1) Newcomer TFT players don't understand the carry/tank/utility dynamic.

I'm listing this first because it's the single most important principle in Teamfight Tactics. All team compositions need to be built around the concept of having carry unit(s) of some kind to deal damage, tank units to provide frontline protection, and utility units to round out the rest of the group. No matter what traits the player might be running or what set it might be, this core concept always needs to be at the forefront of putting a team together. This might sound obvious but I've found that it's extremely common for newcomer players to lack a carry unit that they're playing through. They will typically understand the idea of combining units together to make traits without grasping that merely having traits is a secondary concern. The TRAITS follow the UNITS, not the other way around! This is a core concept for TFT but I've found that even experienced players often have trouble understanding it and over-emphasize making traits over playing strong units. Yes, there will always be units thrown in as trait bots but they should be the last units into a team, not the first ones.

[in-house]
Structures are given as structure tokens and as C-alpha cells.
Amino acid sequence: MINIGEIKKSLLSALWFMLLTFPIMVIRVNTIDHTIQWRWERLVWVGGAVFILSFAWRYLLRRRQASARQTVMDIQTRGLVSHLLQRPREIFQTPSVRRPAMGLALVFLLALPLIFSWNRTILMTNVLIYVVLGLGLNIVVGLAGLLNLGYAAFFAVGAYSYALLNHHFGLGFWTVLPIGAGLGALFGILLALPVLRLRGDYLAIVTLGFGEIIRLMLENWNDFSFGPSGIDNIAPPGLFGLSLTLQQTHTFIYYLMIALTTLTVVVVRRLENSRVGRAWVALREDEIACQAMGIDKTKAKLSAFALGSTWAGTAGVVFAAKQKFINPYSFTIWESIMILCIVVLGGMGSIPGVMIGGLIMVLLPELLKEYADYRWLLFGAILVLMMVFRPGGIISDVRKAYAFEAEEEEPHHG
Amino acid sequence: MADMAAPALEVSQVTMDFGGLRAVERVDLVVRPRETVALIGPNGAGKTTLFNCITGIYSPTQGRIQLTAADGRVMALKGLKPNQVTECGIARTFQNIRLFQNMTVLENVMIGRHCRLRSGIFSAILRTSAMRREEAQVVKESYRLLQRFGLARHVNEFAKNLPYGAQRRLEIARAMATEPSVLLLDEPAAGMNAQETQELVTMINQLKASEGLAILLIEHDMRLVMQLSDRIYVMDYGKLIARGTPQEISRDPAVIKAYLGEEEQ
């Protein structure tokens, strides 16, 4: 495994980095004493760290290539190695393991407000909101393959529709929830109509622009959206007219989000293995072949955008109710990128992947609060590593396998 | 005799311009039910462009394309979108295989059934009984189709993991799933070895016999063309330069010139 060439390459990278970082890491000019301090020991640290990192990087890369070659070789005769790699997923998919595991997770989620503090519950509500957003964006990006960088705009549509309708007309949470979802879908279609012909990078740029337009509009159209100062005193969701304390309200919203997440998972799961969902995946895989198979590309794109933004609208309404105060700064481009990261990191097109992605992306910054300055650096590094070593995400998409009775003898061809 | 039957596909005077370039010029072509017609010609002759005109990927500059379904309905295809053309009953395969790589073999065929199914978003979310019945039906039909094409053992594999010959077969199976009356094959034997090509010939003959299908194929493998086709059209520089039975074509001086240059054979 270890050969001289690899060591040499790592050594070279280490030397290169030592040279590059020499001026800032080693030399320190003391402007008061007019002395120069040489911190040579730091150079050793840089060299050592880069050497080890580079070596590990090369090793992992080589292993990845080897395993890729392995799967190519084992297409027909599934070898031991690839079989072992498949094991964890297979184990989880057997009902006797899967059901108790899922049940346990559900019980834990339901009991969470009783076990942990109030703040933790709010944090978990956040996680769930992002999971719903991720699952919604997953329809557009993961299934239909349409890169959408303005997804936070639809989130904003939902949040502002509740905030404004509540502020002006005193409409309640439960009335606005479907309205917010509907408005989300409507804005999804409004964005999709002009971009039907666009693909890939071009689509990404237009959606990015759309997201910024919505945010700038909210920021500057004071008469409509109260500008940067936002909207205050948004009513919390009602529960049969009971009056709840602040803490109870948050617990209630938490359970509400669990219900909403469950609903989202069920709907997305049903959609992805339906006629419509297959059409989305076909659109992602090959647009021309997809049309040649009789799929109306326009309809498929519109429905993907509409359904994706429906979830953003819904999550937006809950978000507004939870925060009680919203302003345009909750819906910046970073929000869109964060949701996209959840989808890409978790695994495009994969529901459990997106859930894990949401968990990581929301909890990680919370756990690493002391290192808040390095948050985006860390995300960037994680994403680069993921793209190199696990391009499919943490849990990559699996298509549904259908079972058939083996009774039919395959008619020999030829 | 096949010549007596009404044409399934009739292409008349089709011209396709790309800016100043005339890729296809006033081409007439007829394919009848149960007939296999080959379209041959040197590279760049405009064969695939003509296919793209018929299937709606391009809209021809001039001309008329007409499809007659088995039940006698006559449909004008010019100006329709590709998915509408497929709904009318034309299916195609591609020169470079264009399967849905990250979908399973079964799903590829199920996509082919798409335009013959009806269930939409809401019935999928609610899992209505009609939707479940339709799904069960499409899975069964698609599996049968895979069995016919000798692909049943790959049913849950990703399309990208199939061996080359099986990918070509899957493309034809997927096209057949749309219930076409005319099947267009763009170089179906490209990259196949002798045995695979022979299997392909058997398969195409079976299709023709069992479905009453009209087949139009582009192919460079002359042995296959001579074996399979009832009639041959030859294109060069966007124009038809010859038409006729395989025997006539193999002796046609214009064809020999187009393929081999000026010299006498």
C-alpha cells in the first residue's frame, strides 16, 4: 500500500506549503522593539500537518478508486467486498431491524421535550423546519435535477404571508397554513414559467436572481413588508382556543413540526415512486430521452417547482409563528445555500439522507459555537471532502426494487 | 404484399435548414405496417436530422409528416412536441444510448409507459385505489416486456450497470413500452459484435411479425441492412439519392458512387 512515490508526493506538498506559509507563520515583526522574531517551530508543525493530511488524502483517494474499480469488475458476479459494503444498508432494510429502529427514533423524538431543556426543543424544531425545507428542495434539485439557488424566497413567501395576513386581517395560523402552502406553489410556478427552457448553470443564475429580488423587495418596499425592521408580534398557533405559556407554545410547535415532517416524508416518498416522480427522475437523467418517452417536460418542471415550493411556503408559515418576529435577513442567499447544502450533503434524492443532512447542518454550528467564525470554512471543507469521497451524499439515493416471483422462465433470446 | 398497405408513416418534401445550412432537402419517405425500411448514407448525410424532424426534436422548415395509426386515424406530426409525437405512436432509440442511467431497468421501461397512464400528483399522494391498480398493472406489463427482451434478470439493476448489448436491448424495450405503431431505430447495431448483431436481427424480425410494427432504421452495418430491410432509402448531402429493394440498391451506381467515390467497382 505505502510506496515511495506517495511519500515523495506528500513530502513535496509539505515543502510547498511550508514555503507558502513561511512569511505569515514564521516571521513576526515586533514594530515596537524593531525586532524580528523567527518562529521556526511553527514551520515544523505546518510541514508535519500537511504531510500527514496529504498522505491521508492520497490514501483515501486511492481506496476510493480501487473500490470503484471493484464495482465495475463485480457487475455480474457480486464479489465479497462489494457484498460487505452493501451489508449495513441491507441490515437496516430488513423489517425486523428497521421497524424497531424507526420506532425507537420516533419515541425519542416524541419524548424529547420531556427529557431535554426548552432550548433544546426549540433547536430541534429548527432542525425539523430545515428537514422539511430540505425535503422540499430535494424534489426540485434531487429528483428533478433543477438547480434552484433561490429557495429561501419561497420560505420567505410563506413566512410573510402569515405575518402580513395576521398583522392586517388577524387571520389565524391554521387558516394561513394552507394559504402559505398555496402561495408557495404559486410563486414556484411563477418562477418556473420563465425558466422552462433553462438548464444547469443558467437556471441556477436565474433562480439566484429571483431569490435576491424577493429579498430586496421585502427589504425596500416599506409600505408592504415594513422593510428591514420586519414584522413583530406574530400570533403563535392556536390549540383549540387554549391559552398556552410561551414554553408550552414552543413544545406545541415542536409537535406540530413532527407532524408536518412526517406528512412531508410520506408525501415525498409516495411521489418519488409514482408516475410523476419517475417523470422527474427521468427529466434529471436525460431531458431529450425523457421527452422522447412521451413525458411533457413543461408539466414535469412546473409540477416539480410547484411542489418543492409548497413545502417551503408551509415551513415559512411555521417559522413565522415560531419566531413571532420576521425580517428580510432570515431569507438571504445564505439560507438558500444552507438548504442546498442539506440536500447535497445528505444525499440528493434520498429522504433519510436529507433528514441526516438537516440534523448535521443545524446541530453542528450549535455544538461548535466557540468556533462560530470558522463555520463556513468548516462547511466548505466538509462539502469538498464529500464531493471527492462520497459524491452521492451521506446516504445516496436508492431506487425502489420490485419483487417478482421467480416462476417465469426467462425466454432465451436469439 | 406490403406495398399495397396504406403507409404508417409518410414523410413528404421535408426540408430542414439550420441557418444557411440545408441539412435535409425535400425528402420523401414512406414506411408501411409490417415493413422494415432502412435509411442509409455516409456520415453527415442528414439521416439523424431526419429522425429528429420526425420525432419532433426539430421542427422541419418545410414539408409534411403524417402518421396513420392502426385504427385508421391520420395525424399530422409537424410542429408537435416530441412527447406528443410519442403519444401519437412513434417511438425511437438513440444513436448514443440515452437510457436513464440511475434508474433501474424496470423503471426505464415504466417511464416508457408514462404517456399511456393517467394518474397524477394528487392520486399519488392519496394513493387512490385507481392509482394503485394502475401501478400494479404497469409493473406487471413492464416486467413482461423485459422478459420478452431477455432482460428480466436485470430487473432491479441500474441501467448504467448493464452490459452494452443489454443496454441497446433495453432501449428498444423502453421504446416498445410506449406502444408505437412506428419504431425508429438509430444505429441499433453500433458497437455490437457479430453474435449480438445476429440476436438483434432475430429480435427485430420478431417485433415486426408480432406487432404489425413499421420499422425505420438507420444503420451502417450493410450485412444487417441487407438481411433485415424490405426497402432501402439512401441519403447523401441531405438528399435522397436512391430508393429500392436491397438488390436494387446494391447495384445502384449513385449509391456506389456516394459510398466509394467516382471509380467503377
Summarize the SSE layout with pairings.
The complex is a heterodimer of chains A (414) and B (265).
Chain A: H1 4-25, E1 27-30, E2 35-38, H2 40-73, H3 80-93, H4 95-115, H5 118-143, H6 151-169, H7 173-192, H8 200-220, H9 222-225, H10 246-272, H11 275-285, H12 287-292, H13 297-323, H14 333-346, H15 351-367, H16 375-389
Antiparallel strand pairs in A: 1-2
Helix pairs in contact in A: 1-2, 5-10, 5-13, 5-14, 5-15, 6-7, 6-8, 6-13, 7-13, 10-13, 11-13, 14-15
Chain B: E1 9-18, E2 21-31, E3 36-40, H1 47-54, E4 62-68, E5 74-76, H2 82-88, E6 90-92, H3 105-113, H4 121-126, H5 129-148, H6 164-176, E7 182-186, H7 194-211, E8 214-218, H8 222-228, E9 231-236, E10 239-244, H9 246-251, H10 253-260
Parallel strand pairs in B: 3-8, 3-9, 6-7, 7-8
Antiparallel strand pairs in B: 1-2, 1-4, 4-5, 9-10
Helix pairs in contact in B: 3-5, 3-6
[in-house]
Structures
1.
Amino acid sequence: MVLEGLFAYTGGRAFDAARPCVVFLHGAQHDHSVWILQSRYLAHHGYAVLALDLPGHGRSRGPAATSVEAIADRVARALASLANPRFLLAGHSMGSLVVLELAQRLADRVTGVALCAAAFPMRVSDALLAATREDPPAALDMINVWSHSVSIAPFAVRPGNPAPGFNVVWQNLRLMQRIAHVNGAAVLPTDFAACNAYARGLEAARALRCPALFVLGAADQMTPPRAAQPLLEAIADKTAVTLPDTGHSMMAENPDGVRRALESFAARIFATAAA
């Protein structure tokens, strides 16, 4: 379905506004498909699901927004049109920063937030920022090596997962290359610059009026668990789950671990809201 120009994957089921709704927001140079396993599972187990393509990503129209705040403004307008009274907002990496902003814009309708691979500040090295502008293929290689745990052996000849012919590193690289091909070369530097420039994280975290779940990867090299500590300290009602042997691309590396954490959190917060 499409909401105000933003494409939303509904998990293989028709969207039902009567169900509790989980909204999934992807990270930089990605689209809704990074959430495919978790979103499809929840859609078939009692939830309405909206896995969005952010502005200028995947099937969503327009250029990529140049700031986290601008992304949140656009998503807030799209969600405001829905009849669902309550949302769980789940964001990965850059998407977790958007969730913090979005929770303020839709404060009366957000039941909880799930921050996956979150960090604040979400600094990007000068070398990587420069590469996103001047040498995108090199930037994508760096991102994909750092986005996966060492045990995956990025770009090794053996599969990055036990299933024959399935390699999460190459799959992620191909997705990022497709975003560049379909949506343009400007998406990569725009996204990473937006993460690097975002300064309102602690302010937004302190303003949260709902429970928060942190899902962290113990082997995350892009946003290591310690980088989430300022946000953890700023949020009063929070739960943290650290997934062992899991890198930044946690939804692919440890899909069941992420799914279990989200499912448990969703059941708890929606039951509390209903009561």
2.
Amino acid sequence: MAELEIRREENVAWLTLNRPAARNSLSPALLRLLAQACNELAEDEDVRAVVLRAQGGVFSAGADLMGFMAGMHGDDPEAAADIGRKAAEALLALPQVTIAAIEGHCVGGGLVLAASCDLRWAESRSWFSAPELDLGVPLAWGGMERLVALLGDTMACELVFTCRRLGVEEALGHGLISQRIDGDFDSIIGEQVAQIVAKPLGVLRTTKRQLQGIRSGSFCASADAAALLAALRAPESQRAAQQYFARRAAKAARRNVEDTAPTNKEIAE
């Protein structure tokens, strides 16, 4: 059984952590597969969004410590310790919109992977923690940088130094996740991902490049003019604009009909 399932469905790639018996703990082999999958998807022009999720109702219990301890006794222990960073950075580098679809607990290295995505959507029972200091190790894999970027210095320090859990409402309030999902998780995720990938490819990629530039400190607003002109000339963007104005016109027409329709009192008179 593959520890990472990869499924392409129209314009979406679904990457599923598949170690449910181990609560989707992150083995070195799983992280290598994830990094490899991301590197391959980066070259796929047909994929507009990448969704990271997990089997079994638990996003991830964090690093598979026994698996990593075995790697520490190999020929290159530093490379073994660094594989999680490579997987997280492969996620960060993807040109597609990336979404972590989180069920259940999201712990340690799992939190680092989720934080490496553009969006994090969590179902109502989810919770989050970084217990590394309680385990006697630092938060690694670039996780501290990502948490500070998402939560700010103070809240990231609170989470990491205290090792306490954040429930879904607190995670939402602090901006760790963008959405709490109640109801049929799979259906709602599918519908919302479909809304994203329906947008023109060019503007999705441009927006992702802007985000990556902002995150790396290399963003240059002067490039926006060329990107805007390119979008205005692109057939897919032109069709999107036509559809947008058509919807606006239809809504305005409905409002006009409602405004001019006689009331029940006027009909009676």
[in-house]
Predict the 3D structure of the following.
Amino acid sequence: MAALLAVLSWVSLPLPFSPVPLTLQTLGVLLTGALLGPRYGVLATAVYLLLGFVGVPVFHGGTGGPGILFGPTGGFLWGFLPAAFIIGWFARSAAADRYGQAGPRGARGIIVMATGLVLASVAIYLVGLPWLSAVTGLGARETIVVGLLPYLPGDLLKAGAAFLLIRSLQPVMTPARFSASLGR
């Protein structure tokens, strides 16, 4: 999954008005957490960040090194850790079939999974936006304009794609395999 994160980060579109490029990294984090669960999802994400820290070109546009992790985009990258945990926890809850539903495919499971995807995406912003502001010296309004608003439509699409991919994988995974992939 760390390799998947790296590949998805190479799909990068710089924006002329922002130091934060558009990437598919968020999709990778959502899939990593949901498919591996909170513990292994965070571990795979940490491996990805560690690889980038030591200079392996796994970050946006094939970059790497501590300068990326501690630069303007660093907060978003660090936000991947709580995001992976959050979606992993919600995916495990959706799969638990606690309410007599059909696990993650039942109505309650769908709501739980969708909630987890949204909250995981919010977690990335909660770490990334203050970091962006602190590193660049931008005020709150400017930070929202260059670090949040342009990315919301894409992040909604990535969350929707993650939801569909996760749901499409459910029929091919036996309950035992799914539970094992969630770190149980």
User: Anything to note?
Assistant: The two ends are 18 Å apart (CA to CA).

In other words, I often see newcomer TFT players running the units needed to activate a trait without identifying a carry unit that holds that trait. They might have four Snipers or Sharpshooters but with items scattered here and there across three different units. Or they might be running a big scaling vertical trait like Set Five's Dawnbringer trait without any clear carry unit whatsoever. They might be playing the same units as a more experienced player but there's no direction or focus to their team. Lacking carry units tends to be the biggest problem although I've less often seen unbalanced teams that have no frontline units at all and simply get run over by their opponents. Or sometimes newcomer players have no utility units and lack sources of crowd control which leaves them vulnerable to enemy teams that ramp up over time. The most important concept to understand in order to improve at TFT stems from thinking constantly about this carry/tank/utility dynamic. What unit(s) are you playing through at the moment and how can you increase their damage output? How do you then keep those units protected so they can deal their damage? Forget about the million small details that go into every set, this is the core principle of the game that everything else flows from. The sooner that newcomer TFT players can pick up this concept, the sooner they will start improving.